A search for “Nike Lebron James” brought up phone cases instead of the basketball star’s signature shoes. “iPhone cord” showed me Halloween costumes and running holsters for phones before overpriced cables. More particular brand searches brought up zero or very few results. For comparison, Amazon consistently found wide selections of the right products at the best prices with reviews aplenty.
Overall, if you’re looking to mindlessly scroll through quirky products, Facebook might provide a little fun. But right now it’s certainly not the right place to do serious shopping, research purchases, or find something particular.
Be The Stylist, Not The Shopping Mall
Judging Facebook against industry leader Amazon isn’t quite fair. The current Facebook Shopping Feed is more of a minimum viable product that a polished launch. That’s why it’s only in testing with a small group. Facebook is trying to learn. Amazon is a meticulously optimized product refined by decades of intense usage.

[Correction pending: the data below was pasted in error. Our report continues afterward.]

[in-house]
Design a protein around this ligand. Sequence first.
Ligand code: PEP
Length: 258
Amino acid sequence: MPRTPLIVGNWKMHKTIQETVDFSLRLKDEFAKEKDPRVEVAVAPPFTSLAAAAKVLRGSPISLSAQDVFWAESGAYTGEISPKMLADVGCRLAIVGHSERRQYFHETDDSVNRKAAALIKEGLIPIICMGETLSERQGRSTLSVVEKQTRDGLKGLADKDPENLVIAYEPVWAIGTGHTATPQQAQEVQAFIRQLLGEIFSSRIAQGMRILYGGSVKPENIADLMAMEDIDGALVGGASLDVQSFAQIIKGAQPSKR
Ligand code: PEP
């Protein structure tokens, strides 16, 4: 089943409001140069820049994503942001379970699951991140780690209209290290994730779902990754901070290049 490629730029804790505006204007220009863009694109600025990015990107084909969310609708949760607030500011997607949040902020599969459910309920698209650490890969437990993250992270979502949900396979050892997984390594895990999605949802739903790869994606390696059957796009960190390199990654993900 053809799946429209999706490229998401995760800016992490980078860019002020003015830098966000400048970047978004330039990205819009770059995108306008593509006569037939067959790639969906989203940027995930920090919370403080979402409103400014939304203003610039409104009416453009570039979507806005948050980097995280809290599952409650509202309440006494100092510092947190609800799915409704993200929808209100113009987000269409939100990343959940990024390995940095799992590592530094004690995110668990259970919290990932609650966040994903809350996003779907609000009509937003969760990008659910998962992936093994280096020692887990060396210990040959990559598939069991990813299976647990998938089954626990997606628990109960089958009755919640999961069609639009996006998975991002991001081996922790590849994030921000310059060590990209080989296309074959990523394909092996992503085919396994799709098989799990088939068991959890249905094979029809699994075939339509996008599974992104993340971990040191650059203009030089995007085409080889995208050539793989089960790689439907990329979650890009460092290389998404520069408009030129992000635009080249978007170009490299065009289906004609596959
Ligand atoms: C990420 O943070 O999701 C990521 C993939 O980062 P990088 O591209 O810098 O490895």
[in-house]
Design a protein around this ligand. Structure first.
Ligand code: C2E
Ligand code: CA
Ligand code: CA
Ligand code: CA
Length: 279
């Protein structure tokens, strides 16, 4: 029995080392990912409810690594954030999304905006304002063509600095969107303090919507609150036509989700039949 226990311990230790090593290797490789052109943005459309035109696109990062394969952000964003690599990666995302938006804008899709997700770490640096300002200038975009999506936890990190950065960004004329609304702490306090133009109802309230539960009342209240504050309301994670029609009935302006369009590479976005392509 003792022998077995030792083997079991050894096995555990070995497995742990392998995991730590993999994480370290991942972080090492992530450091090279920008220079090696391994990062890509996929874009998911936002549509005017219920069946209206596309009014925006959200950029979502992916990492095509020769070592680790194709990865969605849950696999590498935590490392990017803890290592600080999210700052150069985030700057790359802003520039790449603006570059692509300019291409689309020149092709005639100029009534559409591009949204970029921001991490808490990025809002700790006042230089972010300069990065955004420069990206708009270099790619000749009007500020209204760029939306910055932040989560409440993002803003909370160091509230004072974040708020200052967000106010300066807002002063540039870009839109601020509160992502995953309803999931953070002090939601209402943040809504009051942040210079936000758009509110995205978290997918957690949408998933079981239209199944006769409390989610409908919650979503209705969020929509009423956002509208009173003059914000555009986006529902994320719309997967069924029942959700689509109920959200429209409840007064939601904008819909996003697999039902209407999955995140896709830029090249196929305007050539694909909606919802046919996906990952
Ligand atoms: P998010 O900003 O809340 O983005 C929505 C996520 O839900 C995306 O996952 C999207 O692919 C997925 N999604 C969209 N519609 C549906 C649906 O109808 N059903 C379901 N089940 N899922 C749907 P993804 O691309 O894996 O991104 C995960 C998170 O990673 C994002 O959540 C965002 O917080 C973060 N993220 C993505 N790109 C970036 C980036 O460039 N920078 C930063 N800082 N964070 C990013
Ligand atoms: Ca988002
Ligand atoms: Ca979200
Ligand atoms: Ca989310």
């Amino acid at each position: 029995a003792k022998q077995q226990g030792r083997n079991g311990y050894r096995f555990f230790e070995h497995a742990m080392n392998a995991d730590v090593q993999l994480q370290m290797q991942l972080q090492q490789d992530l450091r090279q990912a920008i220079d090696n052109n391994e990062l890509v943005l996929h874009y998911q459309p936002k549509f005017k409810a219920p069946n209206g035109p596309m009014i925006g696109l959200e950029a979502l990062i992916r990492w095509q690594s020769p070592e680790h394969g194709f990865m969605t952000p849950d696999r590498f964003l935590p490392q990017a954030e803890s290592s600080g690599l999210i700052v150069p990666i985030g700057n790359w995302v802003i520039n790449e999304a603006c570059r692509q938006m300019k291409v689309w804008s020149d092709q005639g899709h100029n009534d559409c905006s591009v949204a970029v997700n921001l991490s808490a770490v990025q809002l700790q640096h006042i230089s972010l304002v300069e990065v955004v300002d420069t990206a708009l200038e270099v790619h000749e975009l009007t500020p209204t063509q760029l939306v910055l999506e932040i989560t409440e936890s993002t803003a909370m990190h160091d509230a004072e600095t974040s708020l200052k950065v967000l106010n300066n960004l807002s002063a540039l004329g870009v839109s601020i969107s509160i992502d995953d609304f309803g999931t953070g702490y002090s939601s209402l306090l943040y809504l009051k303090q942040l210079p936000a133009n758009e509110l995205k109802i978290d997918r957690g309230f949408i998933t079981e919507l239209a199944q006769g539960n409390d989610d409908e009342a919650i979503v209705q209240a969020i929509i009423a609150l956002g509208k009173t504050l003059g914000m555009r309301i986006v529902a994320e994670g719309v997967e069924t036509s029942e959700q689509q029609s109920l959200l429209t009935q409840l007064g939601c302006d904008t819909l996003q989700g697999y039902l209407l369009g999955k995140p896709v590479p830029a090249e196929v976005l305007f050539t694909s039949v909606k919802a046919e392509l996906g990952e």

Still, the biggest issue here isn’t how Facebook is executing on its version of a Shopping feed, but the high-level direction. Maybe with enough time, Facebook can attain the inventory coverage to be a comprehensive shopping destination. It’s aggressively trying to build out its search feature for content in the News Feed, which will give it a better understanding of what users want, not just who they are.
But in the near-term, Facebook might be better off becoming an alternative rather than a competitor to Amazon and Google.
The easiest way to do that could be to focus on using its data treasure chest to make pointed recommendations. Facebook could take everything it knows about our identities and behavior, and show what people similar to us are talking about, taking photos of, liking, clicking and buying in an anonymized, privacy-safe way. That’s a strategy that would greatly benefit from Facebook’s investment in artificial intelligence and machine vision.
In essence, Facebook should try to be the expert shop clerk or the stylish friend rather than the shopping mall itself. We are busy, impatient, and indecisive. Don’t give us a million products to choose from. Just tell us what’s really special. Facebook could win at shopping by relying on and understanding its greatest resource: the humanity of the people who use it.